Billy Collins has been called the most popular living poet in America, and with good reason: he’s been more than a little successful as a poet, which in some literary quarters is rather unforgiveable.
Collins has been U.S. Poet Laureate twice (2001 and 2002) and New York Poet Laureate (2004); received fellowships for the National Endowment for the Arts, the New York Foundation for Arts and the John Guggenheim Foundation; was named Poet of the Year by Poetry magazine in 1994; and received the Mark Twain Award for Humor in poetry, among many other honors and distinctions. He is Distinguished Professor of English at Lehman College in the Bronx. Collins was born in 1941 in New York City, received his B.A. degree from College of the Holy Cross and his M.A. and Ph.D. degrees from the University of California-Riverside. He has published 13 collections of poems and had served as editor for three anthologies.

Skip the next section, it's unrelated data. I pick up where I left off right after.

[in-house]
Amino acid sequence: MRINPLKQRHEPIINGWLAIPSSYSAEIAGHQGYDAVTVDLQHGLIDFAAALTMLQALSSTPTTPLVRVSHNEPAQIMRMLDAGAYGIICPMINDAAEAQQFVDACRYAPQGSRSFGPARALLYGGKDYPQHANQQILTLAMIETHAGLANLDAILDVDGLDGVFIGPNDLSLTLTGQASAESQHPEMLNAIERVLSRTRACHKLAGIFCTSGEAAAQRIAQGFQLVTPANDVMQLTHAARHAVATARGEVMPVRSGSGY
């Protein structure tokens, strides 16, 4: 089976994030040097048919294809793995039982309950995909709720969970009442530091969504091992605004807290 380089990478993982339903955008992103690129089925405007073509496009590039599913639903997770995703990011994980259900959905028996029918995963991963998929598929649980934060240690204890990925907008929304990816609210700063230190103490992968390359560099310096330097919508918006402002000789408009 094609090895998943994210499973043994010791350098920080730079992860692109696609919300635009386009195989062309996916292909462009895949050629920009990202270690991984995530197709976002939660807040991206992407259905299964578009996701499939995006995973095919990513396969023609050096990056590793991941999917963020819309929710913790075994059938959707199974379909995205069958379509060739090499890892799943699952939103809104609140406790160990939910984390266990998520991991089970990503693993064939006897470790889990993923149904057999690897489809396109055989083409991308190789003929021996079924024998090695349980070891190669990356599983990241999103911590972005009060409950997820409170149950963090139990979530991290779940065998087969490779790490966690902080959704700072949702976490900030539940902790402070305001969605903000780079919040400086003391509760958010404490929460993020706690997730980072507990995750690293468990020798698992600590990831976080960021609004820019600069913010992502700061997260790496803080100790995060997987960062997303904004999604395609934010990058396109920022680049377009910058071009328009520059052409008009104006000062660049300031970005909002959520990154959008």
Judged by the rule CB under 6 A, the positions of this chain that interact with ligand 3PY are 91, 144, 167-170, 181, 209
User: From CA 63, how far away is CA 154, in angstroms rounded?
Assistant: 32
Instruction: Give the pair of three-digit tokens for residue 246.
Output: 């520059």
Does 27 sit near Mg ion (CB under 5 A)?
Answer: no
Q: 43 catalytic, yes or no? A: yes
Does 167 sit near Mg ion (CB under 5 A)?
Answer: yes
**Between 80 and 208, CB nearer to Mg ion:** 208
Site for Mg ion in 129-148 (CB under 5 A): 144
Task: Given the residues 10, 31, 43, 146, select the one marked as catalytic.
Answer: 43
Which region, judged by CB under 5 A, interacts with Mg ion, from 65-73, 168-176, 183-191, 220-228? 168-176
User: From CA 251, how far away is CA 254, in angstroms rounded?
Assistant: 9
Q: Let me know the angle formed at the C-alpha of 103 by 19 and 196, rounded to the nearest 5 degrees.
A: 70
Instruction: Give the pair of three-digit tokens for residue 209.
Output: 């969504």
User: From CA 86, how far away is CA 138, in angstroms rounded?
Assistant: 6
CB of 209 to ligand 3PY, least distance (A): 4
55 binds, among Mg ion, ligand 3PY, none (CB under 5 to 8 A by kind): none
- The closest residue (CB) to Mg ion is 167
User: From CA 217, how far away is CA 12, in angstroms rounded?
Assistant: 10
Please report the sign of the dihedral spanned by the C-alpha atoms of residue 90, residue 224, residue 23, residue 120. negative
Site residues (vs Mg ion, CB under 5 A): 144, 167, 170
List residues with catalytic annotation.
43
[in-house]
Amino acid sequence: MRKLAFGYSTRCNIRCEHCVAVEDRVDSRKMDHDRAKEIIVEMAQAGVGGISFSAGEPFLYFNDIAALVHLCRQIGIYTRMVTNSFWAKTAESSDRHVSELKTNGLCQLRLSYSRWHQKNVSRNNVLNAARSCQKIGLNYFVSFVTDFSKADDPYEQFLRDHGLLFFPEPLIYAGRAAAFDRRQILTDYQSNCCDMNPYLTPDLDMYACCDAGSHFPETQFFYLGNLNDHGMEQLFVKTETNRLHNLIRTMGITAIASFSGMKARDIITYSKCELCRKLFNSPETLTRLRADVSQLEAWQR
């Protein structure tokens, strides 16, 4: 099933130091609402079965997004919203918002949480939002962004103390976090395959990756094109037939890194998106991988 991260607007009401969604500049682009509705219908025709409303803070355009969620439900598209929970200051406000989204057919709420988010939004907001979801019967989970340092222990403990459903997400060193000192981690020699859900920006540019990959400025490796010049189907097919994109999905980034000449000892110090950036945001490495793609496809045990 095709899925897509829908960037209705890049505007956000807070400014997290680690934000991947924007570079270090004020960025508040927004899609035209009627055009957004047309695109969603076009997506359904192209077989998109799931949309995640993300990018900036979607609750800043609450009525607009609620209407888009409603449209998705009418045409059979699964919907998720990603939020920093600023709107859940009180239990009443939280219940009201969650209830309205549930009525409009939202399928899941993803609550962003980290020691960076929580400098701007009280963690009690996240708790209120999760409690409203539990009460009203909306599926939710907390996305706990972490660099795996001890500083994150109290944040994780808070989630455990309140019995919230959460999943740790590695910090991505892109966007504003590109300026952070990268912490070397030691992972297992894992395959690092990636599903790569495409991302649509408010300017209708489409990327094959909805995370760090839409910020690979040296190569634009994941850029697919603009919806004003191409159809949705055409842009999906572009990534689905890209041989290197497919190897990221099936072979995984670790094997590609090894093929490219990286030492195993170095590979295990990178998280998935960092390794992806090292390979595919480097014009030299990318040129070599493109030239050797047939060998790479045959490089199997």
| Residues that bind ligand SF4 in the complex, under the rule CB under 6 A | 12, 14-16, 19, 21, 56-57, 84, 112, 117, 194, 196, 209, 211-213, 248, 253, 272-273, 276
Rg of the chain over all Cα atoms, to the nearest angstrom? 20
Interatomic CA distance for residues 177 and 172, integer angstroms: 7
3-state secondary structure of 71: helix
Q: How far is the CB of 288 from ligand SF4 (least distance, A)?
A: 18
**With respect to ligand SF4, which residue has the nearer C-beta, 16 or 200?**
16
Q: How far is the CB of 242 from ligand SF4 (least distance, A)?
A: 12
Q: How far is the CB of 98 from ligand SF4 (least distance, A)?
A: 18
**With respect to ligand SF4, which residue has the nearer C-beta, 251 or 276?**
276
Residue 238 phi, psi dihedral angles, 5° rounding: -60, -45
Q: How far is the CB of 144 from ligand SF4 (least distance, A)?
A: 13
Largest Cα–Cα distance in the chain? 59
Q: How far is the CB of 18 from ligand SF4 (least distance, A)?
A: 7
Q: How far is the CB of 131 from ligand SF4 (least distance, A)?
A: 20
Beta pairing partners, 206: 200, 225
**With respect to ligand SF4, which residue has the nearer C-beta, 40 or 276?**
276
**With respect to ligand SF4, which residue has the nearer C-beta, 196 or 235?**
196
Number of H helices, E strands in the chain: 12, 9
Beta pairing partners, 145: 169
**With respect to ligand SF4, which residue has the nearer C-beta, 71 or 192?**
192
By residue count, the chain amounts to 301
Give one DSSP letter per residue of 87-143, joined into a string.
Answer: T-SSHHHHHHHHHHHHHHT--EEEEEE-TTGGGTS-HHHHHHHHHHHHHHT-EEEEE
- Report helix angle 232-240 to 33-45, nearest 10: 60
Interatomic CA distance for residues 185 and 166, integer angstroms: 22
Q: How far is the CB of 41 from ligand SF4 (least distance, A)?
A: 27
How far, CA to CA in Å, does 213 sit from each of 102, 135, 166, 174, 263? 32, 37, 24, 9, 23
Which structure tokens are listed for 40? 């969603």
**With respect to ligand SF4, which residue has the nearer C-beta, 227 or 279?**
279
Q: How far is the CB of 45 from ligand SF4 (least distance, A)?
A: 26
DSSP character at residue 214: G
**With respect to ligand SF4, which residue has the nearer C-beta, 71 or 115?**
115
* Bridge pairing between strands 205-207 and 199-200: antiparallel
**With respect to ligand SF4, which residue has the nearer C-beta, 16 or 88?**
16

This poem is from The Trouble with Poetry (2005).
After I had beaten my sword into a ploughshare,
I beat my ploughshare into a hoe,
then beat the hoe into a fork,
which I used to eat my dinner alone.
And when I had finished dinner,
I beat my fork into a toothpick,
which I twirled on my lips
then flicked over a low stone wall
as I walked along the city river
under the clouds and stars,
quite happy but for the thought
that I should have beaten that toothpick into a shilling
so I could buy a newspaper to read
after climbing the stairs to my room.
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